A breakdown of Middleton offensive lineman Kayden Lyles, who is committed to Wisconsin

A closer look at Middleton offensive lineman Kayden Lyles, who talks about his senior season and his commitment to Wisconsin.

MIDDLETON – Thoughts and opinions on Middleton offensive lineman, and Wisconsin commit, Kayden Lyles following the Cardinals’ 28-0 victory over Janesville Parker in a Big Eight conference game Friday.

The Good

There are a lot of things to list here in terms of where Lyles is in his development. Listed at 6-3 and 325 pounds, Lyles is stellar off the ball. It’s even more impressive when taking into account that he played center Friday (he’s also played guard in previous games), meaning he’s a slight beat behind the other linemen in terms of making contact. Immediately out of his stance Lyles stays low and gets his hands right inside the shoulder pads – a textbook maneuver – and stands up the defender.

Throughout Friday’s game he would go against Vikings defensive tackle Juan Harris, currently a two-star commit to Indiana. It was no contest. Despite Harris having 70 pounds on him, Lyles rarely got pushed back because of his sound technique and leverage and got the better of Harris on nearly every play.

When he doesn’t have a nose tackle lined up in front of him, Lyles’ footwork allows him to move from side to side and quickly make contact, keeping the same pad level and delivering the same kind of upward strike to neutralize a charging rusher.

In run blocking, Lyles is just a mauler. On consecutive plays in the third quarter he just flattened people while moving to his left. He’s agile and athletic, too, allowing him to finish his plays.

Most high school kids need to add weight and/or strength heading into college. Lyles might be the exception to that rule. He is well built and knows how to use his body effectively.

Areas of Improvement

Getting picky here but the one area where Lyles struggled slightly was on his pull blocks on tosses and screens. Lyles could get out in front without a problem but there were times where he didn’t hit his defender square, not knocking that player off course, or didn’t block anybody. Considering he’ll more than likely be a guard at Wisconsin (and will be ask to do a lot of pull blocks to either side), this will be an important trait to perfect.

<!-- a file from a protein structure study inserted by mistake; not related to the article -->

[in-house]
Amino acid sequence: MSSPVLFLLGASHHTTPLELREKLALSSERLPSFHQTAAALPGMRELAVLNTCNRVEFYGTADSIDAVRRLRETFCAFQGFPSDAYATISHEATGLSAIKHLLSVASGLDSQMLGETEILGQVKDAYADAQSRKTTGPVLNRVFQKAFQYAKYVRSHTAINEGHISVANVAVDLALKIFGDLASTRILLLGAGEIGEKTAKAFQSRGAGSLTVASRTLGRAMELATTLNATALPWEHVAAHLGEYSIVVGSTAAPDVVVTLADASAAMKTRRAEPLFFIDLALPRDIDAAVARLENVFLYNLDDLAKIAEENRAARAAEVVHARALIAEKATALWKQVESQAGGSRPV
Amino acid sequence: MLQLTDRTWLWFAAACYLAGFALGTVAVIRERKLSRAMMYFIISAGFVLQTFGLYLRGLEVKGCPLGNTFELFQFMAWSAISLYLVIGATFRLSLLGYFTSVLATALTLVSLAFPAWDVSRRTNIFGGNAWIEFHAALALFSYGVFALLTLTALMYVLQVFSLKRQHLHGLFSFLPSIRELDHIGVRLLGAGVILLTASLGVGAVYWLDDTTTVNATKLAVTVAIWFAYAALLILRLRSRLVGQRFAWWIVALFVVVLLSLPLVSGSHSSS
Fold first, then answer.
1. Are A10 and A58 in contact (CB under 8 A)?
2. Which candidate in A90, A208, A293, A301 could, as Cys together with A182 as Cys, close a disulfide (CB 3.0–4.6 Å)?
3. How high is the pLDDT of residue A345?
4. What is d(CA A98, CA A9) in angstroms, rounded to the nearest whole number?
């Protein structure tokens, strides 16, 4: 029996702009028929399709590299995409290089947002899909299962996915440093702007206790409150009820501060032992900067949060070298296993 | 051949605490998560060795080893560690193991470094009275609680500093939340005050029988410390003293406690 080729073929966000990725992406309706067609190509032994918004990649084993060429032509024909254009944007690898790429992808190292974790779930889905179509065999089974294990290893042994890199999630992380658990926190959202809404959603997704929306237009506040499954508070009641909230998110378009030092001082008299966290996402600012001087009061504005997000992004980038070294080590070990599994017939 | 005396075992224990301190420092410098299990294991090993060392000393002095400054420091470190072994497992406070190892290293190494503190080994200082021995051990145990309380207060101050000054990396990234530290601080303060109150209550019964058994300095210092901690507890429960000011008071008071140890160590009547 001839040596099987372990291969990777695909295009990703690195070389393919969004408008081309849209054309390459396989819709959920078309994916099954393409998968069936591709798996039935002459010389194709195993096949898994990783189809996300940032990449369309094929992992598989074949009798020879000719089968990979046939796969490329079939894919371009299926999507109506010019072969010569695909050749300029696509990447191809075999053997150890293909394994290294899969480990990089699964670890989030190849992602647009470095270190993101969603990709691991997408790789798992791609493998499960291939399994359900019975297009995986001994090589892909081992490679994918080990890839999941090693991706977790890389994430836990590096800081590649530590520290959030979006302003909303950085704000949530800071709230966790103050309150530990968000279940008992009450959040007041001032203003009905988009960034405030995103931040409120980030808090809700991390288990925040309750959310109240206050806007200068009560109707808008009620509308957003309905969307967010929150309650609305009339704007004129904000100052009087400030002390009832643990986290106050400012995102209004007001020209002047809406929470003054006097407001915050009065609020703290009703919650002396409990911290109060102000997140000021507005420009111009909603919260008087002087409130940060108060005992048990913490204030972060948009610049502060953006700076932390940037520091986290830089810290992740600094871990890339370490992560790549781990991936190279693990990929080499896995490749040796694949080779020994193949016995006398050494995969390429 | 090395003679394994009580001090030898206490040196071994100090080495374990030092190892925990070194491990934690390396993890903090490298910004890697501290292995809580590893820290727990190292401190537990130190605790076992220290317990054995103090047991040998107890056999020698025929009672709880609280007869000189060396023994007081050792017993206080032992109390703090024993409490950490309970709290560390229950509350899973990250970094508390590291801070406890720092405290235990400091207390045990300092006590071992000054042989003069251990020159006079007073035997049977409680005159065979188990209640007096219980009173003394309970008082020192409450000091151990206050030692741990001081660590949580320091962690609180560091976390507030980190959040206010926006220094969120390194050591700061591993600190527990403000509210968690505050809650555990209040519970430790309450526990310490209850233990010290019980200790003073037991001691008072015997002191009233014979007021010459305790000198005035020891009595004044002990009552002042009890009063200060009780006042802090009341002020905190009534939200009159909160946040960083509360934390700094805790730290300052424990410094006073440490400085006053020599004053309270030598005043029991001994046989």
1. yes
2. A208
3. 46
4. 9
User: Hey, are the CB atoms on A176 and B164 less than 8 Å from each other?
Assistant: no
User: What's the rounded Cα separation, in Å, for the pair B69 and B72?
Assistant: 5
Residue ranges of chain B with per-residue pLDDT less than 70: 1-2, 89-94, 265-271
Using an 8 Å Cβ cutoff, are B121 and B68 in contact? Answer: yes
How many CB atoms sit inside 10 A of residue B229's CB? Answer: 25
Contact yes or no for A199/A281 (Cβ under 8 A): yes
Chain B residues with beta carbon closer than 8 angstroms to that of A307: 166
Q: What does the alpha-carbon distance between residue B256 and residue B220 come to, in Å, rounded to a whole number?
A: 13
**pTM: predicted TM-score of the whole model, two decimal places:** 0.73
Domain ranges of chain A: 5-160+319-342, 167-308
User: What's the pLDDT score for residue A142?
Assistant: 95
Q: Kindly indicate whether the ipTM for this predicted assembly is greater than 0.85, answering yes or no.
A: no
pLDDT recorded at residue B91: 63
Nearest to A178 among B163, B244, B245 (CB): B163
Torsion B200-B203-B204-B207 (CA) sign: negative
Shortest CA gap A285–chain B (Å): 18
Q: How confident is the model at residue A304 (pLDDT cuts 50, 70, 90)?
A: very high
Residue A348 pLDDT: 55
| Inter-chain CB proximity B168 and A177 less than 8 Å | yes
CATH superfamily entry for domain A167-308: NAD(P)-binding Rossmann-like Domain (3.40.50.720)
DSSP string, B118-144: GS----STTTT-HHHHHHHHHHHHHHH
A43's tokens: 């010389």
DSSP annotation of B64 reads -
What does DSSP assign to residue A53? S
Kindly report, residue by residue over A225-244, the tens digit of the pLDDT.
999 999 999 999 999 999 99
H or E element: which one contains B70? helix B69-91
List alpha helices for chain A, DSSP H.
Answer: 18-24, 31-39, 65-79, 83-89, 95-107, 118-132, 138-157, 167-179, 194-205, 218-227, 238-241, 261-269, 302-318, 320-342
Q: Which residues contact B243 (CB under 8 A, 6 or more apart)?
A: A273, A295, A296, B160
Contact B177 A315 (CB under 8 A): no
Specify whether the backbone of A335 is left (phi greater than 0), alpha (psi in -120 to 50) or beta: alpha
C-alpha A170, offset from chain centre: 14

There’s no free agency in high school football, but Middleton has to feel like it hit the jackpot with Lyles. With older brother Kare Lyles going through his true freshman season at Wisconsin and Kayden planning to enroll early, the family decided to move to the area to be close to one another through the college years (their dad, Kevin, played at Wisconsin in the 90s).

Having won state championships as a sophomore and junior at Scottsdale (AZ) Saguaro, Lyles has brought a silent form of leadership to the program.

“He’s a man of few words but quite focused,” Middleton coach Tim Simon said. “When he talks people listen. He’s just an outstanding football player, probably more important an outstanding young man. He’s a high character kid. He’s a leader with how he plays. The first week of practice and we’re not in pads, he doesn’t take a play off. Everything is 100 percent on every play. That leading by example has been really good for our kids. Hopefully it’s contagious.”

The Cardinals only had three possessions in the second half because of their ability to control the clock, establish the run and wear down Parker. Through six games Middleton is averaging 203.7 rushing yards per games. Lyles is a big reason for both of those facts. The only four-star prospect currently in Wisconsin’s 2017 class, Lyles is worth every penny and can be a high impact player for the program.

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